O Christian, If you have ever la-town assurance, you will pant till you have it again. You can never, after seeing the sunlight, put up with the candle-light of your doubts and fears in the dungeon of despondency. But if assurance be gone, do still hang on Jesus.

When your eye of faith is dim,

Still hold on Jesus, sink or swim;

Still at His footstool bow the knee,

And Israel’s God thy peace shall be.

If thou canst not feel His love in thy heart, still trust Him. Oh! It was grand of Job—”Though He slay me, yet will I trust Him.’ Truly, the vitality of faith is such, that if He should spurn me from His presence—if He never gave me another look of love this side Heaven—if He gave me up to the lowest depths , and bade all His waves and billows go over me, yet is He such a faithful God, and so true, that I dare not even then give Him the lie. Blind unbelief would do so, but victorious faith says, “Never! He cannot lie. Let God be true and every man a liar.”

When faith is in her very worst, she is glorious, and sparkles like a jewel in the dark mine, and God will come and take her up out of the depths, and set her in His own crown as a precious jewel. “Thy faith hath saved thee,” says Jesus. No, Lord, it is not faith that has done it, it is Thyself. He takes the crown royal of salvation’s glory, lifts it right off from His own head, and puts it on the head of the poor feeble woman’s faith. “Thy faith hath saved thee—go in peace.’

And so will God do with your tempest-tossed and exercised faith—put the crown upon it, and that faith of yours shall sing in Heaven.. The Lord give you to hear the Word, to believe in it, and afterwards to be sealed with the Holy Spirit of promise.

—Charles Haddon Spurgeon

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Helps to Full Assurance

 “These things have I written unto you that believe on the name of the Son of God; that ye may know that ye have eternal life, and that ye may believe on the name of the Son of God.” (1 John 5:13)

Dear friends, if this be the design of the inspired apostle, let us not be slow to co-operate with him; but let us pray this morning for the full assurance of faith, that we may know of a surety that eternal life is pulsing in our hearts..

To unbelievers this text is not written: it is for all who trust in Jesus; but it is for none beside. If you enquire why it is not ad- dressed to unbelievers, I answer, simply because it would be preposterous to wish men to be assured of that which is not “He that believeth not shall not see life.” . . . As with a drawn sword of fire, John’s words guard the way like the cherub at the gate of Paradise: his words, “these things have I written unto you that believe on the name of the Son of God,” keep back every man who has not believed in Jesus from dreaming that he has eternal life. What hast thou to do with the rest, and the peace, and the blessedness of full assurance, unless thou hast received the appointed Savior into thy heart’s trust..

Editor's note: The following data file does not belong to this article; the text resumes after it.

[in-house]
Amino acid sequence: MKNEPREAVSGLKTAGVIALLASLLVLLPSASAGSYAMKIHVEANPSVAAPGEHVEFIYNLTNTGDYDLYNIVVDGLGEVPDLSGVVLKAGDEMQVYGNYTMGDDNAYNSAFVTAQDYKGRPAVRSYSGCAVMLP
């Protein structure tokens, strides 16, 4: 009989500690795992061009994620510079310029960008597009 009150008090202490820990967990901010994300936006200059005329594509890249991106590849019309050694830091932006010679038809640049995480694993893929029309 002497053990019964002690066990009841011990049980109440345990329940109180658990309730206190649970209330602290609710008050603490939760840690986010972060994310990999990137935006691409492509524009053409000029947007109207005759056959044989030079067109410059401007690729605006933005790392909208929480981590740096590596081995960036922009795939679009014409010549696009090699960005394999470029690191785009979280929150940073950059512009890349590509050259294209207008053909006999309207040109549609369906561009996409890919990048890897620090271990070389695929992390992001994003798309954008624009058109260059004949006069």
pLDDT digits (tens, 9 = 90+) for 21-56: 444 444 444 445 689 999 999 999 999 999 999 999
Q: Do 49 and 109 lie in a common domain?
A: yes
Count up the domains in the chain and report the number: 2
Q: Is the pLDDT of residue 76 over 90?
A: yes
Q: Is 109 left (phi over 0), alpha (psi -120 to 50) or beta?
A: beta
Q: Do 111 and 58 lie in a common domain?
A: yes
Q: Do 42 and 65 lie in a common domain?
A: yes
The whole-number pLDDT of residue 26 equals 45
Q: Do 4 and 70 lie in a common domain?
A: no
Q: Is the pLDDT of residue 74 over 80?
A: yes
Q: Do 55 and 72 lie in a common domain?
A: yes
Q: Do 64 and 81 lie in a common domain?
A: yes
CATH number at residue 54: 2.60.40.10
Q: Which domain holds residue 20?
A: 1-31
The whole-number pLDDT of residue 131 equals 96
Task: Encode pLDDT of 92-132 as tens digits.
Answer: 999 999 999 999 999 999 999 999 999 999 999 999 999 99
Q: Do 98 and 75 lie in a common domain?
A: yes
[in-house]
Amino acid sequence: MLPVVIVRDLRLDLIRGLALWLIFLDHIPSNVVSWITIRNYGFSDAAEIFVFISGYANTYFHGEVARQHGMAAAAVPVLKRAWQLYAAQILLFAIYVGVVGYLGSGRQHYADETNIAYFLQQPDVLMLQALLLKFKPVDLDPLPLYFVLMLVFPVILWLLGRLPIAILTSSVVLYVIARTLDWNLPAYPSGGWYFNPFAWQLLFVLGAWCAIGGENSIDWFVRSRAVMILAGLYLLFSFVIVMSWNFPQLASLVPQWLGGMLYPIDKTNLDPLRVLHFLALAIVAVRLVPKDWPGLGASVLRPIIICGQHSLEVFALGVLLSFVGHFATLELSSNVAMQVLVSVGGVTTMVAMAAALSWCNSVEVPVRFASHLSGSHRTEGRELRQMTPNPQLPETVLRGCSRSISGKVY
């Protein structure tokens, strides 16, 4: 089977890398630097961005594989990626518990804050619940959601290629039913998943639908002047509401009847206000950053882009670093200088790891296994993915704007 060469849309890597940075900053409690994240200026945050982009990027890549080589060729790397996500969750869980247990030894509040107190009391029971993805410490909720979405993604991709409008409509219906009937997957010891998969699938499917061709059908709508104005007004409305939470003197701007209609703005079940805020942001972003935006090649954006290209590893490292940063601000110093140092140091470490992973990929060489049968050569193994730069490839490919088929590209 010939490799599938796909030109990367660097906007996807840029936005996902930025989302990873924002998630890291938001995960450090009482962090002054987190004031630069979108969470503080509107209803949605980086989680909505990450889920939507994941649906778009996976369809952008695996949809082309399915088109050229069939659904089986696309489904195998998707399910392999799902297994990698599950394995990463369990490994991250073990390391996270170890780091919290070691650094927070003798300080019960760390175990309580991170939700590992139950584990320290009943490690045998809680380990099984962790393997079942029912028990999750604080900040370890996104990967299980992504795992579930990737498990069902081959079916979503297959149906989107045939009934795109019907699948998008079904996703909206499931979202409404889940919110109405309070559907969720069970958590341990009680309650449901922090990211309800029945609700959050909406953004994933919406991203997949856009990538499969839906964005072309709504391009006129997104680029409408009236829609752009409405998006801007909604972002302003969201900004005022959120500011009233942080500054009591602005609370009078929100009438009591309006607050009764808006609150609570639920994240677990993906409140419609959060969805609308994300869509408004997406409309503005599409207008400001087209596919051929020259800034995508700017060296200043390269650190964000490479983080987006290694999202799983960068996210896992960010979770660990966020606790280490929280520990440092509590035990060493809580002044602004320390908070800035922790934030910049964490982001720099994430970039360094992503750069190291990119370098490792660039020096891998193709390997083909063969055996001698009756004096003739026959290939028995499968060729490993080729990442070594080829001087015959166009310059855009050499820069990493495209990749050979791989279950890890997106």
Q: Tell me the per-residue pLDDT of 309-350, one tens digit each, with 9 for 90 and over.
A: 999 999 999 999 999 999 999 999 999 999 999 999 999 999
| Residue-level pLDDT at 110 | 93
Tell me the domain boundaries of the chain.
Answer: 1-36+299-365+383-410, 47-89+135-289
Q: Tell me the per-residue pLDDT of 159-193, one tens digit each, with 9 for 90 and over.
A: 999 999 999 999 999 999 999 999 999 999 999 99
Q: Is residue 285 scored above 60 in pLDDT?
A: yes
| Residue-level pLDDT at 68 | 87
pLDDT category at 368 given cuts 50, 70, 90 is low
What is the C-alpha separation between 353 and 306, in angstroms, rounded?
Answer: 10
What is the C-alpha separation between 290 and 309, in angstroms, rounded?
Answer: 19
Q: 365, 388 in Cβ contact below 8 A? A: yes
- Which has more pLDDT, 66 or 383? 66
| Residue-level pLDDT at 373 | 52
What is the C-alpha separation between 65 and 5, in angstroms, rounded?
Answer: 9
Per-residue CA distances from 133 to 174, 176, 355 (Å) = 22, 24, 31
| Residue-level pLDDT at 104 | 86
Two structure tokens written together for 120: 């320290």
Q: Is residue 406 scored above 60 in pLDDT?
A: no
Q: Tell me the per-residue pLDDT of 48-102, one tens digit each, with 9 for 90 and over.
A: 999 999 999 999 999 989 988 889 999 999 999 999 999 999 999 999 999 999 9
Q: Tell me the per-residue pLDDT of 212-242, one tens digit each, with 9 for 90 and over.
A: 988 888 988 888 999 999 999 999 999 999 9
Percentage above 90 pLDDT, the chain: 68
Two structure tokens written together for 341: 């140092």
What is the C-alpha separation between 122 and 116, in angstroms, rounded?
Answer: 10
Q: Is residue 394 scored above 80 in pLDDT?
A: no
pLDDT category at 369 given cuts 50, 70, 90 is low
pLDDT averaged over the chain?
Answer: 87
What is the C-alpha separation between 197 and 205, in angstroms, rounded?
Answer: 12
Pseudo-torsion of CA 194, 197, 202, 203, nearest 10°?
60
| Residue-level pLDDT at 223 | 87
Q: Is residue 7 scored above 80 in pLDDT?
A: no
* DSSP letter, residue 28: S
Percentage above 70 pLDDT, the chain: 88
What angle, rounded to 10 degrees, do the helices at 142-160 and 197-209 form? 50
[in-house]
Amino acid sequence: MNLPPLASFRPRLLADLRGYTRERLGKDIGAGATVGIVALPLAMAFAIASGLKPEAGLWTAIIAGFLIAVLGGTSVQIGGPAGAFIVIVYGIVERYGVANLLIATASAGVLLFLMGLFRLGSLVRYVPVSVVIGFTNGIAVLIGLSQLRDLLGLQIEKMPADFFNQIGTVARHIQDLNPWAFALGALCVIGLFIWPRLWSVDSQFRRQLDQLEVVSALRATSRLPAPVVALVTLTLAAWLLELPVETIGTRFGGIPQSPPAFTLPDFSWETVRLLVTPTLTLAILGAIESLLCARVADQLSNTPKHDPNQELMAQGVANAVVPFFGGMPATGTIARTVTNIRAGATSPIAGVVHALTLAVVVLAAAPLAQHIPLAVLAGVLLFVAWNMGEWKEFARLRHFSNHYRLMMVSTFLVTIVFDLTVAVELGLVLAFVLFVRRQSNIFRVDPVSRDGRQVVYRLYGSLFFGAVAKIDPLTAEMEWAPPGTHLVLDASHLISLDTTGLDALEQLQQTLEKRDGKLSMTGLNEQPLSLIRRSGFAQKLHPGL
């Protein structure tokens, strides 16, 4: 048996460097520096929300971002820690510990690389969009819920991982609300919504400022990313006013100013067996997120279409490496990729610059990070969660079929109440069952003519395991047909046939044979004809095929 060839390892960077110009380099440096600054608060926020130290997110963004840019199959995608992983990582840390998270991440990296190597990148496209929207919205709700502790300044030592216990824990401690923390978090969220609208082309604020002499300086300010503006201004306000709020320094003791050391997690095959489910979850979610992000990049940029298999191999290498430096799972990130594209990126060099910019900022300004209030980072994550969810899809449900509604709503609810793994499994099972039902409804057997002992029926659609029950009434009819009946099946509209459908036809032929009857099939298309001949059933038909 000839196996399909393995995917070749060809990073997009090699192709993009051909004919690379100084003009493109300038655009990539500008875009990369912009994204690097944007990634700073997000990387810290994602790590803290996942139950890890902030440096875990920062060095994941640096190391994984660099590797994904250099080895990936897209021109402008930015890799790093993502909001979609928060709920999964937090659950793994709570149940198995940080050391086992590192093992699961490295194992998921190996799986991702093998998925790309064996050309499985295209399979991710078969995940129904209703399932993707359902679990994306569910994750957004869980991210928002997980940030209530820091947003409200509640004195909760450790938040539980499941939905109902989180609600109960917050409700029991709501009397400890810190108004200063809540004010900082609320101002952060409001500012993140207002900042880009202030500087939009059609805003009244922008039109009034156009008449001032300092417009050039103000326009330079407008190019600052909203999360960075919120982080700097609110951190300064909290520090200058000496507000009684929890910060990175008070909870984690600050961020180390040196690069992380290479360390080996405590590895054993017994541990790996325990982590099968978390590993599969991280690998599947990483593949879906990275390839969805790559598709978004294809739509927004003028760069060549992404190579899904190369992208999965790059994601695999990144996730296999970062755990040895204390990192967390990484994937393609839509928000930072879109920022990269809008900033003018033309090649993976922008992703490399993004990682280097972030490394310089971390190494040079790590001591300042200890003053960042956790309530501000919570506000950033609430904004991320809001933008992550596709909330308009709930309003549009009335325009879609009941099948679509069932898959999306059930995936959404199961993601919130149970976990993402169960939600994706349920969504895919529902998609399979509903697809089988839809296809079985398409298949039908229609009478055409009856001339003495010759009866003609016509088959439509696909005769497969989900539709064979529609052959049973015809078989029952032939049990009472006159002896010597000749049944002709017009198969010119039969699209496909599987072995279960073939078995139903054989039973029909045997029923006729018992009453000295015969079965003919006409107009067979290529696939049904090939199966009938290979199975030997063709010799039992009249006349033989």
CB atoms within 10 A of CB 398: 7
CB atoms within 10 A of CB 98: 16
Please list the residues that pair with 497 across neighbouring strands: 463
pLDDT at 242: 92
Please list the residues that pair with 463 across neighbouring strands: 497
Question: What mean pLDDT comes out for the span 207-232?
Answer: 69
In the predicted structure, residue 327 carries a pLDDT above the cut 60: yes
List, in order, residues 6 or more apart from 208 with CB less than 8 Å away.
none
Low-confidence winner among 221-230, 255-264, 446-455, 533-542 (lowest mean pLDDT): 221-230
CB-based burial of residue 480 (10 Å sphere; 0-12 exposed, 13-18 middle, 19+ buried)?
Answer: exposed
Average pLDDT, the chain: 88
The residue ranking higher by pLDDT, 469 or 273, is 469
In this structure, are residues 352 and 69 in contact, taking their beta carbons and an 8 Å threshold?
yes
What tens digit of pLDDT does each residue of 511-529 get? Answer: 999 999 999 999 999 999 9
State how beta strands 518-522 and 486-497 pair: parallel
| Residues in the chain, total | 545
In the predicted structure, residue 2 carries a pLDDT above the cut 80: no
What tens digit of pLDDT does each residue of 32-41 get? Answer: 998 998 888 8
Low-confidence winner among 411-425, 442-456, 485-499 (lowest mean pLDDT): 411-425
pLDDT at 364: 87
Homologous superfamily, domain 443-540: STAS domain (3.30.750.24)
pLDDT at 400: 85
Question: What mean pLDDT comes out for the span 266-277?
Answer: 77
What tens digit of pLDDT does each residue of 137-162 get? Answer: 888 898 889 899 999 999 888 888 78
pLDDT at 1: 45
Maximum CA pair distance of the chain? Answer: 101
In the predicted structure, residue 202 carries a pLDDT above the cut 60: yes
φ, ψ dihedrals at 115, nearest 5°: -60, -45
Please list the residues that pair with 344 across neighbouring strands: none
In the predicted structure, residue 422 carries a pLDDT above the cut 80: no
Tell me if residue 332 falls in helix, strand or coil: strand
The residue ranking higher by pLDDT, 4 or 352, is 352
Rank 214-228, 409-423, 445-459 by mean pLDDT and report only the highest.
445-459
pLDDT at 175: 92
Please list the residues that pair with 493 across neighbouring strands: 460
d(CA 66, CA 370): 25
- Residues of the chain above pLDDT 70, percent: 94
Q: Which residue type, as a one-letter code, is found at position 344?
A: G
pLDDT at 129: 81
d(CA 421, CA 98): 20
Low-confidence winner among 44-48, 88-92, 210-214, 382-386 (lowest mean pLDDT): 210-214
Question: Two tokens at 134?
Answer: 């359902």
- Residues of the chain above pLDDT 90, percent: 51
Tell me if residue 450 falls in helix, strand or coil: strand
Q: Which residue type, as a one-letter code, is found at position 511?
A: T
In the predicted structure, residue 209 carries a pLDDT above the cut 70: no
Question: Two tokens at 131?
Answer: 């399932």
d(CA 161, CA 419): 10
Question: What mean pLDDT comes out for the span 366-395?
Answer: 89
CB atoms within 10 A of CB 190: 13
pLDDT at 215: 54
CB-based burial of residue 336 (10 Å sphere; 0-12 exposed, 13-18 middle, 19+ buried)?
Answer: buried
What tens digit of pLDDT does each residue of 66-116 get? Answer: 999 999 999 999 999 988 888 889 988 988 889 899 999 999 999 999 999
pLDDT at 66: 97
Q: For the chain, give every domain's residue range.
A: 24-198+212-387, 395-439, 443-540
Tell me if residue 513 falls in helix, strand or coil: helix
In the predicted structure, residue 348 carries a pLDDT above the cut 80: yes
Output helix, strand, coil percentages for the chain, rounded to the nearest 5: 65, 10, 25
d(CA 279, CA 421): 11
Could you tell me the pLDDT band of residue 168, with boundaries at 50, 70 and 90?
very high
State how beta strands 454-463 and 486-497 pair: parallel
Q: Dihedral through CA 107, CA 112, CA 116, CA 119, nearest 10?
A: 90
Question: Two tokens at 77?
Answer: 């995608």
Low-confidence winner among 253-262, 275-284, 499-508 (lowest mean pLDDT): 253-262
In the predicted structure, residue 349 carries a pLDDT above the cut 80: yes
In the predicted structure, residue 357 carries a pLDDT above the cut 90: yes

Certain Christians believe that even if they are now saved they may yet be lost: that even If they have the life of God in them, that life may die out. Beloved, I pray for you that you may how that you have eternal life, and not a temporary life. The life which the Holy Spirit imparts to the believer is not a thing of days, and weeks, and months, and years: its dwelling-place is in the region of eternity. It is practically a divine life which God puts into us, whereby we are made “partakers of the divine nature, having escaped the corruption that is in the world through lust.” “Being born again, not of corruptible seed, but of incorruptible, by the word of God, which liveth and abideth for ever.” This much I will declare—that to me the very crown and glory of the gospel, that if I receive Jesus into my soul, and the Holy Spirit imparts to me the new life, I have received an everlasting blessing. Has not Jesus said, “1 give unto My sheep eternal life, and they shall never perish, neither shall any … pluck them out of My hand”?